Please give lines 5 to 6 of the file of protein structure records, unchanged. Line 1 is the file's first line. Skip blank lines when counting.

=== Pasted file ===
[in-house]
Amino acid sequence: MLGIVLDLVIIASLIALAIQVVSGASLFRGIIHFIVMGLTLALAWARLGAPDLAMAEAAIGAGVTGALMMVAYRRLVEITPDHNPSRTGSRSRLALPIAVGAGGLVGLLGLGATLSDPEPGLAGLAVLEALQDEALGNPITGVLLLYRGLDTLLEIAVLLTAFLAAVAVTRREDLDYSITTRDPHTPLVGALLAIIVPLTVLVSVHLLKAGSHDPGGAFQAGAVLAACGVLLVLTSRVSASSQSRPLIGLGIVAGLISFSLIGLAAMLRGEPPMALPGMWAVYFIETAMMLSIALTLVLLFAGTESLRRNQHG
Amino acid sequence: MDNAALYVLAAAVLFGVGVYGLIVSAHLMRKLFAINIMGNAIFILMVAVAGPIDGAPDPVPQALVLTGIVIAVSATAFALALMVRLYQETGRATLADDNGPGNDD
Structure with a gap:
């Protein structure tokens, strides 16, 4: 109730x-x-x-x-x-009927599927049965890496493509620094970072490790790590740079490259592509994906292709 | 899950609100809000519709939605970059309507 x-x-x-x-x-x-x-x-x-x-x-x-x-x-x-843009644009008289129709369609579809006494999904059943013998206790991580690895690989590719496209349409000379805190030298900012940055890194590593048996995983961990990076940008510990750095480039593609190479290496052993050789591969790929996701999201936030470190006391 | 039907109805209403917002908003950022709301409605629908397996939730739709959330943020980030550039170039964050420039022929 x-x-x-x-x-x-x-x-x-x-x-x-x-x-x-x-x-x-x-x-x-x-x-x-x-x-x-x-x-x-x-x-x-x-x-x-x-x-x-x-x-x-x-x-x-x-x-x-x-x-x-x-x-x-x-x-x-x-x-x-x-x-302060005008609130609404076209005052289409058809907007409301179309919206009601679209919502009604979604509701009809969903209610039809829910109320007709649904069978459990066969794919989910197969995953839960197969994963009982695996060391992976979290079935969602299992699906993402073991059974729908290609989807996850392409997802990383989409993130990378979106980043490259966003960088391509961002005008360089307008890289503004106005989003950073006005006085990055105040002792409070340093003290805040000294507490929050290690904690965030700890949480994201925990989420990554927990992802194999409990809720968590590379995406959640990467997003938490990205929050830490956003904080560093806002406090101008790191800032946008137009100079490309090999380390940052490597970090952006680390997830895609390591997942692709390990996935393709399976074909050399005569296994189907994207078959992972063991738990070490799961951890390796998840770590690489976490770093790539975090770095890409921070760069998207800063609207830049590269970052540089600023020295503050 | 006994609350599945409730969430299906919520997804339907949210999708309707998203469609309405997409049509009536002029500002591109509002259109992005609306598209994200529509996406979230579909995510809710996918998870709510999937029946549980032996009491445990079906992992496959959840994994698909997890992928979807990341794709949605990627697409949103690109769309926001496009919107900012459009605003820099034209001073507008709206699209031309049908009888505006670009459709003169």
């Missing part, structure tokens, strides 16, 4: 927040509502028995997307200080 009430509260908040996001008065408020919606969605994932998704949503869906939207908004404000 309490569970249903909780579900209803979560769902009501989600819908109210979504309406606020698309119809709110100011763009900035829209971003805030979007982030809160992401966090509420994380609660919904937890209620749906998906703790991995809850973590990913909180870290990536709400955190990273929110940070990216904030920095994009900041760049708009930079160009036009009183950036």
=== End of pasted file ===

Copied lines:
């Protein structure tokens, strides 16, 4: 109730x-x-x-x-x-009927599927049965890496493509620094970072490790790590740079490259592509994906292709 | 899950609100809000519709939605970059309507 x-x-x-x-x-x-x-x-x-x-x-x-x-x-x-843009644009008289129709369609579809006494999904059943013998206790991580690895690989590719496209349409000379805190030298900012940055890194590593048996995983961990990076940008510990750095480039593609190479290496052993050789591969790929996701999201936030470190006391 | 039907109805209403917002908003950022709301409605629908397996939730739709959330943020980030550039170039964050420039022929 x-x-x-x-x-x-x-x-x-x-x-x-x-x-x-x-x-x-x-x-x-x-x-x-x-x-x-x-x-x-x-x-x-x-x-x-x-x-x-x-x-x-x-x-x-x-x-x-x-x-x-x-x-x-x-x-x-x-x-x-x-x-302060005008609130609404076209005052289409058809907007409301179309919206009601679209919502009604979604509701009809969903209610039809829910109320007709649904069978459990066969794919989910197969995953839960197969994963009982695996060391992976979290079935969602299992699906993402073991059974729908290609989807996850392409997802990383989409993130990378979106980043490259966003960088391509961002005008360089307008890289503004106005989003950073006005006085990055105040002792409070340093003290805040000294507490929050290690904690965030700890949480994201925990989420990554927990992802194999409990809720968590590379995406959640990467997003938490990205929050830490956003904080560093806002406090101008790191800032946008137009100079490309090999380390940052490597970090952006680390997830895609390591997942692709390990996935393709399976074909050399005569296994189907994207078959992972063991738990070490799961951890390796998840770590690489976490770093790539975090770095890409921070760069998207800063609207830049590269970052540089600023020295503050 | 006994609350599945409730969430299906919520997804339907949210999708309707998203469609309405997409049509009536002029500002591109509002259109992005609306598209994200529509996406979230579909995510809710996918998870709510999937029946549980032996009491445990079906992992496959959840994994698909997890992928979807990341794709949605990627697409949103690109769309926001496009919107900012459009605003820099034209001073507008709206699209031309049908009888505006670009459709003169």
């Missing part, structure tokens, strides 16, 4: 927040509502028995997307200080 009430509260908040996001008065408020919606969605994932998704949503869906939207908004404000 309490569970249903909780579900209803979560769902009501989600819908109210979504309406606020698309119809709110100011763009900035829209971003805030979007982030809160992401966090509420994380609660919904937890209620749906998906703790991995809850973590990913909180870290990536709400955190990273929110940070990216904030920095994009900041760049708009930079160009036009009183950036």